From Japan, Mitsuo Yanagimachi’s Who’s Camus Anyway? is a playful and entertaining portrait of a band of student filmmakers, with a virtuoso opening tracking shot that both mimics and comments on similar flourishes in Touch of Evil and The Player. The director of photography is Junichi Fujisawa.

The aforementioned South Korean films in the festival included the violent Sympathy for Lady Vengeance (directed by Park Chanwook and shot by Chung Chung-hoon); the self-reflective Tale of Cinema (director, Hong Sang-soo, and cinematographer, Kim Hyungkoo); and Im Sang-soo’s The President’s Last Bang, a wildly exuberant account of dictatorial president Park Chung-hee’s assassination in 1979. The active camera style of DP Kim Woohyung and the lively colors in Lee Min-bok’s production design and Kim Dohee’s costumes undercut the sober potential of the subject matter, which is all to the good.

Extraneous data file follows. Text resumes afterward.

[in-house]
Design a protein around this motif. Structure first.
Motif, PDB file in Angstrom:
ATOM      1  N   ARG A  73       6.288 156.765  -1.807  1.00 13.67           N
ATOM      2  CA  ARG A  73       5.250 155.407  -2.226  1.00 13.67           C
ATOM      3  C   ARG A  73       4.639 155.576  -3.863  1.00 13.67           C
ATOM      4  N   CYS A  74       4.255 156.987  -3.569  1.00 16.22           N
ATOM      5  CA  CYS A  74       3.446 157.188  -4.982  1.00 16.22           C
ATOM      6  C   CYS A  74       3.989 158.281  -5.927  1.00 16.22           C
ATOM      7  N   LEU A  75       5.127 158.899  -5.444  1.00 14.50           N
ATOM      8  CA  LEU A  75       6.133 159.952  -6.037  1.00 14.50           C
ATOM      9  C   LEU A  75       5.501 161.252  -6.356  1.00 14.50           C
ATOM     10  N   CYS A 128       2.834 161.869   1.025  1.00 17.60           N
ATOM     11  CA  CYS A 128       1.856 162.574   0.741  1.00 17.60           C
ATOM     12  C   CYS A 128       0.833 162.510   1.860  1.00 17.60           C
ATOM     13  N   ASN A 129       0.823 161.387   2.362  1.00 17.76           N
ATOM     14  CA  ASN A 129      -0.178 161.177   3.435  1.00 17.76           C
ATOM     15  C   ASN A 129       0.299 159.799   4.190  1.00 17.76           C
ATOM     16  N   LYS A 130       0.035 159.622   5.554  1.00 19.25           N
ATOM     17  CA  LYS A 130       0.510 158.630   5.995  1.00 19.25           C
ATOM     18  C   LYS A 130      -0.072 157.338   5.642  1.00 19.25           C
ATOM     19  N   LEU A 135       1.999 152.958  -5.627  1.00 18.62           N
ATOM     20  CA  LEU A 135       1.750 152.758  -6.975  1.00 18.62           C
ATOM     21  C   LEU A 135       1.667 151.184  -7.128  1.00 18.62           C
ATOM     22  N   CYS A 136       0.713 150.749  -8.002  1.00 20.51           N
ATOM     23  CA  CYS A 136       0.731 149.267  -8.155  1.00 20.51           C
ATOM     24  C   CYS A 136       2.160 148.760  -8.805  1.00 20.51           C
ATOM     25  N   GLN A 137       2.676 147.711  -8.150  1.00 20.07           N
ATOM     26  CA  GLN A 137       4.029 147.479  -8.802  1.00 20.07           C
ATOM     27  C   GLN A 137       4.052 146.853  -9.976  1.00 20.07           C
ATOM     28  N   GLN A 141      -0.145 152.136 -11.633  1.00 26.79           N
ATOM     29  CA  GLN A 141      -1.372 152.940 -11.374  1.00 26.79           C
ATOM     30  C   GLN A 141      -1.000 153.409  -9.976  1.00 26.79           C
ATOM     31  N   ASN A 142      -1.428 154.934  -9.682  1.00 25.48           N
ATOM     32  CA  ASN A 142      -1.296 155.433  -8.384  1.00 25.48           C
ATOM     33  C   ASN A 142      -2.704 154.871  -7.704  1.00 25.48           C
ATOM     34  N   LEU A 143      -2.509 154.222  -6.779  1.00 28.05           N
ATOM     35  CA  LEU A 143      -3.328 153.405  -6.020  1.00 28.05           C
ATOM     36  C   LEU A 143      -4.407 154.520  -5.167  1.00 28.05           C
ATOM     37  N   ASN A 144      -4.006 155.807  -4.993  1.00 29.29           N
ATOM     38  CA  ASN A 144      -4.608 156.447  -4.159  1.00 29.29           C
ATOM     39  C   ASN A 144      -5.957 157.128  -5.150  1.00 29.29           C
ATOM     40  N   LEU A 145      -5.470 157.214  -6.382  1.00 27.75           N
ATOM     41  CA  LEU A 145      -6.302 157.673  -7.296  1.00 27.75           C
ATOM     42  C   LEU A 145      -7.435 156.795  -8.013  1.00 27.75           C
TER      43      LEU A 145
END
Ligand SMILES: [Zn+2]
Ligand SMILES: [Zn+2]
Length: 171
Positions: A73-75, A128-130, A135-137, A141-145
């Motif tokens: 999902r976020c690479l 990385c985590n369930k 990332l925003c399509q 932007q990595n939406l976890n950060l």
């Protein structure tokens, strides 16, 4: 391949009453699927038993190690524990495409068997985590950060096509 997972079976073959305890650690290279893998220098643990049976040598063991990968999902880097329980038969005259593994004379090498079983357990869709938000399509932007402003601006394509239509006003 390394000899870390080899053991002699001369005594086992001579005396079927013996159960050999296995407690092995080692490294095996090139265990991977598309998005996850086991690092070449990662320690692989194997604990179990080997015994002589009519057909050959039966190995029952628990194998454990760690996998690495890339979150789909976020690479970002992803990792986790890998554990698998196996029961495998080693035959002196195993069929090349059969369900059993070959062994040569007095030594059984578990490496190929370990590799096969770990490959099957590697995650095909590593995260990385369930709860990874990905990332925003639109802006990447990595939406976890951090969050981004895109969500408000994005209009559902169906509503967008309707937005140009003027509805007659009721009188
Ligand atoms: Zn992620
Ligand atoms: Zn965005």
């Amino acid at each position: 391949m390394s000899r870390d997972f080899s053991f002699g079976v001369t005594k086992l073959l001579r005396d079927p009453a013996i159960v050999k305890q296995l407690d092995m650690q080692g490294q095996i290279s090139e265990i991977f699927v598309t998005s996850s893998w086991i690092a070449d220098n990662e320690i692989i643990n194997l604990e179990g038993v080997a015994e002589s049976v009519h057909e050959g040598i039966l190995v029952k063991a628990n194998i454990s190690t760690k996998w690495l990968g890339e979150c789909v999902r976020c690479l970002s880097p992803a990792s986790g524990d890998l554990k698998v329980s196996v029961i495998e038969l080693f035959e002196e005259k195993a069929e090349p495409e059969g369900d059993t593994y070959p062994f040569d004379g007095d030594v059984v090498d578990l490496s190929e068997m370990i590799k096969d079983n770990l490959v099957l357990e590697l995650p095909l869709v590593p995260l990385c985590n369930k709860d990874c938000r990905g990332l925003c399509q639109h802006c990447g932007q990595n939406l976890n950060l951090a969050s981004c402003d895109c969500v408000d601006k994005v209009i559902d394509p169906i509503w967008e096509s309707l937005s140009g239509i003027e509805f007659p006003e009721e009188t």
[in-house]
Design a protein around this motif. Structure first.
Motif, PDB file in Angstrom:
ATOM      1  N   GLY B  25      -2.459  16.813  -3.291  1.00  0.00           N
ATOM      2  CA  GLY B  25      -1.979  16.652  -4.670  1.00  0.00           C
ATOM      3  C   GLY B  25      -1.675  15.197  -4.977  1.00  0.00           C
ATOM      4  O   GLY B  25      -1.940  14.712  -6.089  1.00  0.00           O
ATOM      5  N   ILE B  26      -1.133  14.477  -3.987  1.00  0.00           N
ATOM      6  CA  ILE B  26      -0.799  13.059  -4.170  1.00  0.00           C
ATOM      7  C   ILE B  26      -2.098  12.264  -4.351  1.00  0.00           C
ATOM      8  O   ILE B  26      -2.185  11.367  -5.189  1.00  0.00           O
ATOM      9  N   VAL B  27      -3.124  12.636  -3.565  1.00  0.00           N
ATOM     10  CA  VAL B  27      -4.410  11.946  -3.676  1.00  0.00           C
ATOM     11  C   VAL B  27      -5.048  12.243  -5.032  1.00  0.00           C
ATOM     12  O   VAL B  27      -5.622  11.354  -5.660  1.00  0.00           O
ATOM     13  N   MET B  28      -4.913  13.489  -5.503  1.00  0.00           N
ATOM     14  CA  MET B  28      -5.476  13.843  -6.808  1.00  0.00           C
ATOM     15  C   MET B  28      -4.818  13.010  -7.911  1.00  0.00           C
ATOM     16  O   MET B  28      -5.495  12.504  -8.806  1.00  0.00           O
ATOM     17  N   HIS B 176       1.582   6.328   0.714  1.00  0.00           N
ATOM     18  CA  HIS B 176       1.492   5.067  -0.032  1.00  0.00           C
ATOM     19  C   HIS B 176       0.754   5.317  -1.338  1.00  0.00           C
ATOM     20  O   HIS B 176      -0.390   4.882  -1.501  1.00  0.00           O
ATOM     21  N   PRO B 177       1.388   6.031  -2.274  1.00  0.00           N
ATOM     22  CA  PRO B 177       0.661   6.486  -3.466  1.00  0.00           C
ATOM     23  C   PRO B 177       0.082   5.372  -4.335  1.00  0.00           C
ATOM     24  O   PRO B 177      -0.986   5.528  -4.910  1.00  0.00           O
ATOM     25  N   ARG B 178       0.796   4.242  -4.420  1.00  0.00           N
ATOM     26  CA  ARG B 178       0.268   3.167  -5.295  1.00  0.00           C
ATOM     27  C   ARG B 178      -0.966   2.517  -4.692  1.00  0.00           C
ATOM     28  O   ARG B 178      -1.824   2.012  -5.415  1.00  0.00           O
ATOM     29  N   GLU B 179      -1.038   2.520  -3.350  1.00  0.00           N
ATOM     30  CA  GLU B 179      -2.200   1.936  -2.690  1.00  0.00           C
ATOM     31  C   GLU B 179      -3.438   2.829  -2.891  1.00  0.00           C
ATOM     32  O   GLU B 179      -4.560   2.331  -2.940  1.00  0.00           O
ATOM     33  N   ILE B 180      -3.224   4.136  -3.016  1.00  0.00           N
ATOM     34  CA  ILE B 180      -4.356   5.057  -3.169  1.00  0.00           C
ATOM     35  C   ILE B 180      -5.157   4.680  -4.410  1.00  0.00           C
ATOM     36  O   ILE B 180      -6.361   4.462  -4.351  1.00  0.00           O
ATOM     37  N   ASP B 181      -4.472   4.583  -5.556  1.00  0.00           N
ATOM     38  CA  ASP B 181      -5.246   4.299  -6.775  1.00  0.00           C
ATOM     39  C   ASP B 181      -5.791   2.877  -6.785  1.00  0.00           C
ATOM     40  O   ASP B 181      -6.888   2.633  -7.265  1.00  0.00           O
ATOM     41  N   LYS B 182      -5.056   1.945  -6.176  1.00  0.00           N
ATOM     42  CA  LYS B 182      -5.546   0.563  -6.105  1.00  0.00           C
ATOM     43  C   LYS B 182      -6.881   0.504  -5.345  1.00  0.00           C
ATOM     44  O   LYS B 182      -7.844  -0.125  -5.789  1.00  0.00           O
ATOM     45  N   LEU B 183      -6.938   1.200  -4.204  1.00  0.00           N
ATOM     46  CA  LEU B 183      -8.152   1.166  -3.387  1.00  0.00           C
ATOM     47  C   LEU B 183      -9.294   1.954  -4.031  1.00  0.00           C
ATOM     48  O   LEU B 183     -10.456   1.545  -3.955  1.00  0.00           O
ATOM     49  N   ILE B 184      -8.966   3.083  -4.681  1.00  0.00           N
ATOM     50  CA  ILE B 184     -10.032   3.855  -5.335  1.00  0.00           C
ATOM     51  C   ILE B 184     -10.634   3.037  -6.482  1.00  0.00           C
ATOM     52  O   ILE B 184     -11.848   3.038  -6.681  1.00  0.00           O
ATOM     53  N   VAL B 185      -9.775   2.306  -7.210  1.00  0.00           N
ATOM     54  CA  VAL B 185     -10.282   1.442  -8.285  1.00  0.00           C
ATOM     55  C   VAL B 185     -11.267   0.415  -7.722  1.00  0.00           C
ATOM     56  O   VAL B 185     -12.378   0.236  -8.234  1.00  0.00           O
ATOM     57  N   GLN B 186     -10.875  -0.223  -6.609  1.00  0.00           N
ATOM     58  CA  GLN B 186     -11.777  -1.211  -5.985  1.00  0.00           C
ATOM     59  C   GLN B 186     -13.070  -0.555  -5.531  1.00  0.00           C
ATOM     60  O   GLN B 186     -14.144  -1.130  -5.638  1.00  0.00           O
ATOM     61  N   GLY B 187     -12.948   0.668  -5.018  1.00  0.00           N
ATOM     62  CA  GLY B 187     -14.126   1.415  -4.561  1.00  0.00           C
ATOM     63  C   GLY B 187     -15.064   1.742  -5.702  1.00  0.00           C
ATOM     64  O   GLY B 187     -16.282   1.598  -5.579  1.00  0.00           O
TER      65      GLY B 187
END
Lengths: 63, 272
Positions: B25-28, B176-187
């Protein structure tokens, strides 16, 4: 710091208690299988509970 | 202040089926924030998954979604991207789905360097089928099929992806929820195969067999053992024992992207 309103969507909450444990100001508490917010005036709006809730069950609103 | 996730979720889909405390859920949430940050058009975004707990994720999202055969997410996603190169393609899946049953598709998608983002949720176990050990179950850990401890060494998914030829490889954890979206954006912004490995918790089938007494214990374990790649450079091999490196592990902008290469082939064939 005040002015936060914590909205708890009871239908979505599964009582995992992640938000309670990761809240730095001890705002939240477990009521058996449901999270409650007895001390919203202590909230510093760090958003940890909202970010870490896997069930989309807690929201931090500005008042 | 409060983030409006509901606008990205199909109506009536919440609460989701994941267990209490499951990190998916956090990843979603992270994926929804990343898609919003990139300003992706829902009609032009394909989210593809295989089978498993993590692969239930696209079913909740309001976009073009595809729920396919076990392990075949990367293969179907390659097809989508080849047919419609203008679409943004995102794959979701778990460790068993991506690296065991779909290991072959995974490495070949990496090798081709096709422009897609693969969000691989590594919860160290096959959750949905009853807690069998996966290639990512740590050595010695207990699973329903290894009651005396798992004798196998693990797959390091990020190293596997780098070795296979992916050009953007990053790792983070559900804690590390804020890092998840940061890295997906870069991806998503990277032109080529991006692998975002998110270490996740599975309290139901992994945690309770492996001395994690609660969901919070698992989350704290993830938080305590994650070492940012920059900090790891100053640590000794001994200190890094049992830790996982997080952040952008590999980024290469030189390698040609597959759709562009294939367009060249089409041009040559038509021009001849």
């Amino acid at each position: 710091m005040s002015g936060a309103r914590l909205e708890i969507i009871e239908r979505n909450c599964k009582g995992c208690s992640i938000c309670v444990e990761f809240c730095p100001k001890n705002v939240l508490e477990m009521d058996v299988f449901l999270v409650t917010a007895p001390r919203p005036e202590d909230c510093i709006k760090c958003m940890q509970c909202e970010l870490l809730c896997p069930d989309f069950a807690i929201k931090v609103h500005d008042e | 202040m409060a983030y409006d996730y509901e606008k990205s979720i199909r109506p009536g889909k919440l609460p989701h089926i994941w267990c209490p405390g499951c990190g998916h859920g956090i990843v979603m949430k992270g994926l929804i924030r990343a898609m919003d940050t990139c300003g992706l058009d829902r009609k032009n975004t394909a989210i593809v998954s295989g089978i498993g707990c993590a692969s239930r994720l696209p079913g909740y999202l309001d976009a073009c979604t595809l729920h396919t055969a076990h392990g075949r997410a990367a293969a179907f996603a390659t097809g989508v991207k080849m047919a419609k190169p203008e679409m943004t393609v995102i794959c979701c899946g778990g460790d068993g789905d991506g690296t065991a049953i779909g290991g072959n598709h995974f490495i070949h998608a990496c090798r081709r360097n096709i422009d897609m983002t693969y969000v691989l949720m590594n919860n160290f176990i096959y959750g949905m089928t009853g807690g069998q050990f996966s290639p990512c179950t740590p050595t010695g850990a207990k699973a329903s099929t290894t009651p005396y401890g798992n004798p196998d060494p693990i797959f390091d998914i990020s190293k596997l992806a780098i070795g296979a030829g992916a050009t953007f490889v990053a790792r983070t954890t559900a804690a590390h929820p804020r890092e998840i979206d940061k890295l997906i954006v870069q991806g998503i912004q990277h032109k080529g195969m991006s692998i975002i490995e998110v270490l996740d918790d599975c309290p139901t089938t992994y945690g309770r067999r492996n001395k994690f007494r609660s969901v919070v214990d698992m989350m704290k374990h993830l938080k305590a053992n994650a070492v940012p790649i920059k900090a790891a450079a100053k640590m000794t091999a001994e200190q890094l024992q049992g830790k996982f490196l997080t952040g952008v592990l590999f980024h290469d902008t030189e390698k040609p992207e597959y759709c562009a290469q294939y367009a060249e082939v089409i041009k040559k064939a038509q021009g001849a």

Though it also contains moments of humor as well as suspense, there is little to leaven the despair of Hany Abu-Assad’s Paradise Now, an up-close look at the ambiguous motivations of two Palestinian volunteers for a suicide bombing mission. Shot in thriller style by Antoine Heberle, the film provides insight into if not sympathy for its subjects. One of more startling moments in the film finds the scruffy characters emerging from a makeover session looking like extras in a Quentin Tarantino film, complete with black suits and thin ties (courtesy costume designer Walid Maw’ed).--John Calhoun